Thinfluence, by Walter Willett is a research-based examination of the external forces that influence diet and weight. Willett argues that personal relationships, workplace environment and the media contribute to an individual’s ability to maintain a healthy lifestyle.
Coverage from Cancer Today, featuring HSPH’s Walter Willett
Coverage from HSPH, featuring Walter Willet, Frank Hu, and Lilian Cheung
Coverage from the New York Times, featuring HSPH’s Frank Hu
Coverage from Huffington Post, featuring HSPH’s Lilian Cheung
Coverage from The Boston Globe, featuring HSPH’s Frank Hu
Coverage from CBS news Boston, featuring HSPH’s Walter Willett
Coverage from cnn.com, featuring HSPH’s Walter Willett
1. Use liquid vegetable oils for cooking and baking. Olive, canola, and other plant-based oils are rich in heart-healthy unsaturated fats. Try dressing up a salad or roasted vegetables with an olive oil-based vinaigrette.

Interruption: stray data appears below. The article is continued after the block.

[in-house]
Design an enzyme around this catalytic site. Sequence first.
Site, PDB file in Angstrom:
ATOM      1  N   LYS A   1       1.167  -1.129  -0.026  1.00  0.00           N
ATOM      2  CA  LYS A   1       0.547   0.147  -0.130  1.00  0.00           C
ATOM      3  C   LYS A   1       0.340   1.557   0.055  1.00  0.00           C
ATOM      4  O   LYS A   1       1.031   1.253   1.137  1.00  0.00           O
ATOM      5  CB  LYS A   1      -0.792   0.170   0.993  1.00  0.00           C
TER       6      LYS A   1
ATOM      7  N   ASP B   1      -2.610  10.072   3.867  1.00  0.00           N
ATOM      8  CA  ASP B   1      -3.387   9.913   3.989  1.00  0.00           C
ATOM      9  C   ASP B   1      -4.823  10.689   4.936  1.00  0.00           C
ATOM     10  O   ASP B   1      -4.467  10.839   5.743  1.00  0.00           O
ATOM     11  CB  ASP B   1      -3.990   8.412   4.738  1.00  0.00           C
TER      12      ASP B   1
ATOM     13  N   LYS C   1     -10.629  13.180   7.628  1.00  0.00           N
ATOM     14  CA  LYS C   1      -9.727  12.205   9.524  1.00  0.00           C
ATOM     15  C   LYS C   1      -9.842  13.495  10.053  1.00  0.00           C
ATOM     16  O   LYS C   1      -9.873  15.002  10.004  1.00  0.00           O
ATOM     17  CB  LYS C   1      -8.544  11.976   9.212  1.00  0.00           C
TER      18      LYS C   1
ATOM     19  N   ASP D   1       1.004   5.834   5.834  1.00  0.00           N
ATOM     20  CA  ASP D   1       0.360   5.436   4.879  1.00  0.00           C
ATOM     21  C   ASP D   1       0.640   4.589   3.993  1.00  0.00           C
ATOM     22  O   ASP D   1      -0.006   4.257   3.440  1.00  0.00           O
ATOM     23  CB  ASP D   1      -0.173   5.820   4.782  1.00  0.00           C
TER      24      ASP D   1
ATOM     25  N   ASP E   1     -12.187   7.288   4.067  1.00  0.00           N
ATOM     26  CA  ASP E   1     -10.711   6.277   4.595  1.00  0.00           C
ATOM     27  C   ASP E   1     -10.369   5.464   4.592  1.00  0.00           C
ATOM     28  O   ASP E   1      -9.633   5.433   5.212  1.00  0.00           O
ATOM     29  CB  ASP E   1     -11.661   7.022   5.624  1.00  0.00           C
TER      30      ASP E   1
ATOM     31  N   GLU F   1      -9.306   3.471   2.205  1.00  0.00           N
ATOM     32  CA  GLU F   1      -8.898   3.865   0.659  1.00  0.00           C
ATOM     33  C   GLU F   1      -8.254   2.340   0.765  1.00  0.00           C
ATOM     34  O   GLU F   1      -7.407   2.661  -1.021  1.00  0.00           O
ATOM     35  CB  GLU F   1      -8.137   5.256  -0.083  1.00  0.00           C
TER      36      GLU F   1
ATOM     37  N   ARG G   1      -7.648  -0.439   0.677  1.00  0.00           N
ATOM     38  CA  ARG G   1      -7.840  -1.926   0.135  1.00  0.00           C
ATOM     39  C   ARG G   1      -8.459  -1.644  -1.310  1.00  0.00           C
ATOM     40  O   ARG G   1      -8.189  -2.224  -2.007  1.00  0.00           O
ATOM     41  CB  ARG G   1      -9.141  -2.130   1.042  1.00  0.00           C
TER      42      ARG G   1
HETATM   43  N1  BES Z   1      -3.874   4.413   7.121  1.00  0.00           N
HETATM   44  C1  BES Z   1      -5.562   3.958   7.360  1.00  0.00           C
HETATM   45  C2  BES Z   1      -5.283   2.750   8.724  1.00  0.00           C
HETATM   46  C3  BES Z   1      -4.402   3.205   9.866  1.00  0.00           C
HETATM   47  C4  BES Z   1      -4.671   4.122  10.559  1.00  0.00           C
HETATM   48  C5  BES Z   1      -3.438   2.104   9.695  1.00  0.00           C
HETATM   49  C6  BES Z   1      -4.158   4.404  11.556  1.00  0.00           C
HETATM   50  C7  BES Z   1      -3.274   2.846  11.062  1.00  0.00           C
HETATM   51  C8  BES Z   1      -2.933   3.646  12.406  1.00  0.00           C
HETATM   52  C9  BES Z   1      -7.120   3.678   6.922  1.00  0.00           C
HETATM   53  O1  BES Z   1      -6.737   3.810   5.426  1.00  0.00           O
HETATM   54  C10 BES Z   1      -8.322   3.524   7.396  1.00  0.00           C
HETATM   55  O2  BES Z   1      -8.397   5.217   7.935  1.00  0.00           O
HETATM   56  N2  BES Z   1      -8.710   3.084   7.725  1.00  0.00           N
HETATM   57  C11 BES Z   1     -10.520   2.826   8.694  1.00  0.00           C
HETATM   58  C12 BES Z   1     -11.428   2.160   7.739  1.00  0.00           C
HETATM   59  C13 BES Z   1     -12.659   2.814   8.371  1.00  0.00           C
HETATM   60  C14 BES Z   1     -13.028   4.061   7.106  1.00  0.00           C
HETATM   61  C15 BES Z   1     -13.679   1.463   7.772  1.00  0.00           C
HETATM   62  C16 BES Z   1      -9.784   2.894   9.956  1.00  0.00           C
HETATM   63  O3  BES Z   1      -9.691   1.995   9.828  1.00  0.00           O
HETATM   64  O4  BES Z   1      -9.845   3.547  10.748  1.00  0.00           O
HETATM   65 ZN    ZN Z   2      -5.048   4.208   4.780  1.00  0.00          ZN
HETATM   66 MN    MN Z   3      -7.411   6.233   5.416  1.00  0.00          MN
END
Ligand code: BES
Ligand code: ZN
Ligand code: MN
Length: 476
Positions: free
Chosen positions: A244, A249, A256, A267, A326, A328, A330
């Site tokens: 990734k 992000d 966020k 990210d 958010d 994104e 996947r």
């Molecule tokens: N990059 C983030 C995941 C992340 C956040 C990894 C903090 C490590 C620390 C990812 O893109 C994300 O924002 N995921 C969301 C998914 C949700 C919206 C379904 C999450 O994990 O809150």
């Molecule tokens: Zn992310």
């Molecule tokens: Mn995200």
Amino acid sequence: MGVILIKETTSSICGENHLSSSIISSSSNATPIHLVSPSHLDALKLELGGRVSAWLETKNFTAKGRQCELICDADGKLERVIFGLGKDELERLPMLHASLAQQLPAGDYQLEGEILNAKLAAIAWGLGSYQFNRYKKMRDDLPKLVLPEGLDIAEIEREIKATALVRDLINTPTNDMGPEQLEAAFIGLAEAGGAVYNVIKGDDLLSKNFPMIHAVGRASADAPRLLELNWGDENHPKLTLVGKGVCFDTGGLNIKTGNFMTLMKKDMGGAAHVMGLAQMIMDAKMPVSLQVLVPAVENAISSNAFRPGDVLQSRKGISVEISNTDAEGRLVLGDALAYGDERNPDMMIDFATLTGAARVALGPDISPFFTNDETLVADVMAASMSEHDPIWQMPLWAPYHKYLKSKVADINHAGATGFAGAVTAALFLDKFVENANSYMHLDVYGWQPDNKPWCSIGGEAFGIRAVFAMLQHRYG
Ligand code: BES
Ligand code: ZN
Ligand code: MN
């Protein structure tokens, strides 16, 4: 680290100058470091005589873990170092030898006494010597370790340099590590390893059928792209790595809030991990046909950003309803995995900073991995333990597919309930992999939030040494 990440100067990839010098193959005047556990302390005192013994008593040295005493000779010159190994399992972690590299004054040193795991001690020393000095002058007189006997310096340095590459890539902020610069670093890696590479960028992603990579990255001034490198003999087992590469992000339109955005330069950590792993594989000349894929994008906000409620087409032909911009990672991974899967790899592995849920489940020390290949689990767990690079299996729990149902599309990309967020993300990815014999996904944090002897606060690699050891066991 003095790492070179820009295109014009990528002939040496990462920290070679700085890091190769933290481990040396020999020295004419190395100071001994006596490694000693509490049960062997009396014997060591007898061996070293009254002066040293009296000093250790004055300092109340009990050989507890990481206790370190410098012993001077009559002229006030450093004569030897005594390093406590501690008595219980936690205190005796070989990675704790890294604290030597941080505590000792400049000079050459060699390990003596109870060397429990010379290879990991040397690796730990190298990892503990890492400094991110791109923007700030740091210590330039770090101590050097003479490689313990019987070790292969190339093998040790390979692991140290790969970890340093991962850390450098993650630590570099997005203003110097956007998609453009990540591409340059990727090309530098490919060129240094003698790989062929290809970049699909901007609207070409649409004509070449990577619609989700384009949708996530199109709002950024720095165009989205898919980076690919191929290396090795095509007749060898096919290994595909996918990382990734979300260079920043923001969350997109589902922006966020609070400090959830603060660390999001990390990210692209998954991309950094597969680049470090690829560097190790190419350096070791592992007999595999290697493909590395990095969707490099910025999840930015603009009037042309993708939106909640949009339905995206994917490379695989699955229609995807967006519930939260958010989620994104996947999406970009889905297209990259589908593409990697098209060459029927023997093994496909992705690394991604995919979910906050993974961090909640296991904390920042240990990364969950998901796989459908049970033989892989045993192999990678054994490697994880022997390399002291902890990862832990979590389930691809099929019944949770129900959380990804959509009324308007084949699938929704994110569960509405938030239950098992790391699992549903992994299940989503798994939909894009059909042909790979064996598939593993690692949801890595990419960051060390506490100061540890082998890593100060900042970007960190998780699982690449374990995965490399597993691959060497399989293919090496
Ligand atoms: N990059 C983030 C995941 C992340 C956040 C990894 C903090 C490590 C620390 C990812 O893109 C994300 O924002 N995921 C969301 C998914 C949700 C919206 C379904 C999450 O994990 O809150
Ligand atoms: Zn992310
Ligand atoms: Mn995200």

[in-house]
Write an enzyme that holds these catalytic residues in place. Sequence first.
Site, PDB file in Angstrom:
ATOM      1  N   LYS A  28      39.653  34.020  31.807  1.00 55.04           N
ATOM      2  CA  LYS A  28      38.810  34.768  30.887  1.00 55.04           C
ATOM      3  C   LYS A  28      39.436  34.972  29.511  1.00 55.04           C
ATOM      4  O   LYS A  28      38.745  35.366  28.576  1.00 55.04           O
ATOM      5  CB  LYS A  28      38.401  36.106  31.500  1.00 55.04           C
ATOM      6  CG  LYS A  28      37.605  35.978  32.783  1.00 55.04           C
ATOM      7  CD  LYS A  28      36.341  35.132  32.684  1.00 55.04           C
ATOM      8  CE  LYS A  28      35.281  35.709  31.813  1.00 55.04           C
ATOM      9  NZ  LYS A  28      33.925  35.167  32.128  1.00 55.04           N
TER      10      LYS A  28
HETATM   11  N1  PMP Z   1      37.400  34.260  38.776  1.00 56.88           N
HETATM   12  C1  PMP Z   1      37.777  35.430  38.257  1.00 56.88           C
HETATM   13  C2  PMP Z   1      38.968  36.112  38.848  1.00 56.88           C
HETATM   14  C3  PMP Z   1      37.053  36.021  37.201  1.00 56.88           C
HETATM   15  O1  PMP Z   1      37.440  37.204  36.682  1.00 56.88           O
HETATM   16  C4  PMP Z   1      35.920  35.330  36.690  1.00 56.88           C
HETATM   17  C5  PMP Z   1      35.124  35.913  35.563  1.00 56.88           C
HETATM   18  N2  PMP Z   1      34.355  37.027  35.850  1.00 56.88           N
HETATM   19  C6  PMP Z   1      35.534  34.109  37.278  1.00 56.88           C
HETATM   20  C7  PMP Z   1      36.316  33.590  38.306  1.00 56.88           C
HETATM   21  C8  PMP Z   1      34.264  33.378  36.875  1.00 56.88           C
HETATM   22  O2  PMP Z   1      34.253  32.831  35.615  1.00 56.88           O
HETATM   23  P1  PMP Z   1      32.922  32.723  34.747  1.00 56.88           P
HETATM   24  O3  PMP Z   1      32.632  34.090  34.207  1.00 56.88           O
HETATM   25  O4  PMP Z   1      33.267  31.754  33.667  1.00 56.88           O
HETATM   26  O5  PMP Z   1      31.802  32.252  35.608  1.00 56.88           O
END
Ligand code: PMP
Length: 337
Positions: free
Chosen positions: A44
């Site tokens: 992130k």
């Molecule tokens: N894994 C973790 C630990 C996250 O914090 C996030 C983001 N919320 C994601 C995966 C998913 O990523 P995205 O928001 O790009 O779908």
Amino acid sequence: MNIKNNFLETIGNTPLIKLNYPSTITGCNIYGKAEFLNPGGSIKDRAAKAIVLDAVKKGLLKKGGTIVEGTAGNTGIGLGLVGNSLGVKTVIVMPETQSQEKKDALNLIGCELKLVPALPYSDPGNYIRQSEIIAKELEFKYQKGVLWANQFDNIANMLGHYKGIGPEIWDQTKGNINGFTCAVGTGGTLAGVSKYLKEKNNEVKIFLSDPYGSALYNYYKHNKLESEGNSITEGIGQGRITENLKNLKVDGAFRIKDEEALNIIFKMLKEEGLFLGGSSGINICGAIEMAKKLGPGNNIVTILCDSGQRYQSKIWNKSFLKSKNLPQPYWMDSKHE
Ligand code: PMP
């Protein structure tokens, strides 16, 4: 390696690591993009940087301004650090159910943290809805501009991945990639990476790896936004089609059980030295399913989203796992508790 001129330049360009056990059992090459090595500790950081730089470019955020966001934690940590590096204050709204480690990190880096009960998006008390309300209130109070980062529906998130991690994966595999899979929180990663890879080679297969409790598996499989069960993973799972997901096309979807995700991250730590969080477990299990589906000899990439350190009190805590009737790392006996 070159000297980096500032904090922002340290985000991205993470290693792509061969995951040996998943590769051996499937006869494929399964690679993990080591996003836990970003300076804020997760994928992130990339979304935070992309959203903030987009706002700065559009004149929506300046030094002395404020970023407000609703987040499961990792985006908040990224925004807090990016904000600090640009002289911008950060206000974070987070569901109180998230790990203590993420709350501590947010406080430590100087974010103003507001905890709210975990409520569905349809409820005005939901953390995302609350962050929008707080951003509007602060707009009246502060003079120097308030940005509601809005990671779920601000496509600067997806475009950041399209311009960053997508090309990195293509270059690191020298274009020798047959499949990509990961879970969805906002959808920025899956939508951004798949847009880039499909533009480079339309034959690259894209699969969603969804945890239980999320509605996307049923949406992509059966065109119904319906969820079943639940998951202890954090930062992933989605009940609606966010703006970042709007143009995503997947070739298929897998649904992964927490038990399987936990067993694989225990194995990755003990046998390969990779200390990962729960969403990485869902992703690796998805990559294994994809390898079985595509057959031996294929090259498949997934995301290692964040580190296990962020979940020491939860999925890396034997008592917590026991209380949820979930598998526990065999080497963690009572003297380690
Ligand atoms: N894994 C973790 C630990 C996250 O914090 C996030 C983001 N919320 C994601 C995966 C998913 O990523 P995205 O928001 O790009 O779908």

2. Avoid trans fat. Read labels to find foods without trans fats. You should also scan the ingredient list to make sure it does not contain partially hydrogenated oils.
In restaurants that don’t have nutrition information readily available, avoid fried foods, biscuits, and other baked goods.
Or, you may have the good fortune to be eating in a city like New York, Boston, or San Francisco, where trans fats have been banned (do keep in mind, just being trans free does not mean these are all healthy foods).
3. Eat at least one good source of omega-3 fats each day. Fatty fish (such as salmon and tuna), walnuts, and canola oil all provide omega-3 fatty acids, essential fats that our bodies cannot make.
4. Cut back on red meat and dairy foods. Try replacing red meat with beans, nuts, poultry, and fish whenever possible, and try reducing portion sizes of dairy products.
Coverage from abc.com, featuring HSPH’s Walter Willett